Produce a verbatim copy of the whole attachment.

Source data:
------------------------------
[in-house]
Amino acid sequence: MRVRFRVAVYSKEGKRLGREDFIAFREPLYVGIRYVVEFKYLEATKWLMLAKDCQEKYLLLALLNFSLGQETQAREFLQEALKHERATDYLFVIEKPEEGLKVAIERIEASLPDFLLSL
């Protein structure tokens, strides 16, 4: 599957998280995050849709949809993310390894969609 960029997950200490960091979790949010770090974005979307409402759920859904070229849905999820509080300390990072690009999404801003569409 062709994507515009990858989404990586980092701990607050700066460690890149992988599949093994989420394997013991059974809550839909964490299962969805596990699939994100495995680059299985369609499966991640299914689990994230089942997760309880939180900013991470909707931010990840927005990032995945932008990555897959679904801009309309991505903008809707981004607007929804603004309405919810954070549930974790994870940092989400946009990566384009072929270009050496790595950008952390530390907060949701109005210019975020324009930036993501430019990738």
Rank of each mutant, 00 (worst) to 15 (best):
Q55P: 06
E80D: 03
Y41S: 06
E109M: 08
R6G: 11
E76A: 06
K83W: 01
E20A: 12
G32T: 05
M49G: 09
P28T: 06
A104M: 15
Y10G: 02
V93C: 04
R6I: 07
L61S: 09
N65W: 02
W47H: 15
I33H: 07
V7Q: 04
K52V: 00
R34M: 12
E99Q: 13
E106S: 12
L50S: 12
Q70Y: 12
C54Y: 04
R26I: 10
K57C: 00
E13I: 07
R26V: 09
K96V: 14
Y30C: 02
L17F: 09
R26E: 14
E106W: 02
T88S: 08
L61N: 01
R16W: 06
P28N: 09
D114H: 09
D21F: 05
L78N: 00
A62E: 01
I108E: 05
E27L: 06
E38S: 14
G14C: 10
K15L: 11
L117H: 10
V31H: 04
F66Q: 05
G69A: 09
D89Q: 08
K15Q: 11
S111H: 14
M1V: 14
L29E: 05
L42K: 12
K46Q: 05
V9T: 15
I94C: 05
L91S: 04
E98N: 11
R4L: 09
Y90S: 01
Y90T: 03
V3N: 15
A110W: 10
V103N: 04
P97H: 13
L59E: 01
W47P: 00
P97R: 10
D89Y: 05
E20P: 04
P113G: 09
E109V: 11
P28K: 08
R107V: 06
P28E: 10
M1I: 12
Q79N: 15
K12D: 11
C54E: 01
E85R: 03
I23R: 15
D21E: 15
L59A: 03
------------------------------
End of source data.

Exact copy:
[in-house]
Amino acid sequence: MRVRFRVAVYSKEGKRLGREDFIAFREPLYVGIRYVVEFKYLEATKWLMLAKDCQEKYLLLALLNFSLGQETQAREFLQEALKHERATDYLFVIEKPEEGLKVAIERIEASLPDFLLSL
């Protein structure tokens, strides 16, 4: 599957998280995050849709949809993310390894969609 960029997950200490960091979790949010770090974005979307409402759920859904070229849905999820509080300390990072690009999404801003569409 062709994507515009990858989404990586980092701990607050700066460690890149992988599949093994989420394997013991059974809550839909964490299962969805596990699939994100495995680059299985369609499966991640299914689990994230089942997760309880939180900013991470909707931010990840927005990032995945932008990555897959679904801009309309991505903008809707981004607007929804603004309405919810954070549930974790994870940092989400946009990566384009072929270009050496790595950008952390530390907060949701109005210019975020324009930036993501430019990738």
Rank of each mutant, 00 (worst) to 15 (best):
Q55P: 06
E80D: 03
Y41S: 06
E109M: 08
R6G: 11
E76A: 06
K83W: 01
E20A: 12
G32T: 05
M49G: 09
P28T: 06
A104M: 15
Y10G: 02
V93C: 04
R6I: 07
L61S: 09
N65W: 02
W47H: 15
I33H: 07
V7Q: 04
K52V: 00
R34M: 12
E99Q: 13
E106S: 12
L50S: 12
Q70Y: 12
C54Y: 04
R26I: 10
K57C: 00
E13I: 07
R26V: 09
K96V: 14
Y30C: 02
L17F: 09
R26E: 14
E106W: 02
T88S: 08
L61N: 01
R16W: 06
P28N: 09
D114H: 09
D21F: 05
L78N: 00
A62E: 01
I108E: 05
E27L: 06
E38S: 14
G14C: 10
K15L: 11
L117H: 10
V31H: 04
F66Q: 05
G69A: 09
D89Q: 08
K15Q: 11
S111H: 14
M1V: 14
L29E: 05
L42K: 12
K46Q: 05
V9T: 15
I94C: 05
L91S: 04
E98N: 11
R4L: 09
Y90S: 01
Y90T: 03
V3N: 15
A110W: 10
V103N: 04
P97H: 13
L59E: 01
W47P: 00
P97R: 10
D89Y: 05
E20P: 04
P113G: 09
E109V: 11
P28K: 08
R107V: 06
P28E: 10
M1I: 12
Q79N: 15
K12D: 11
C54E: 01
E85R: 03
I23R: 15
D21E: 15
L59A: 03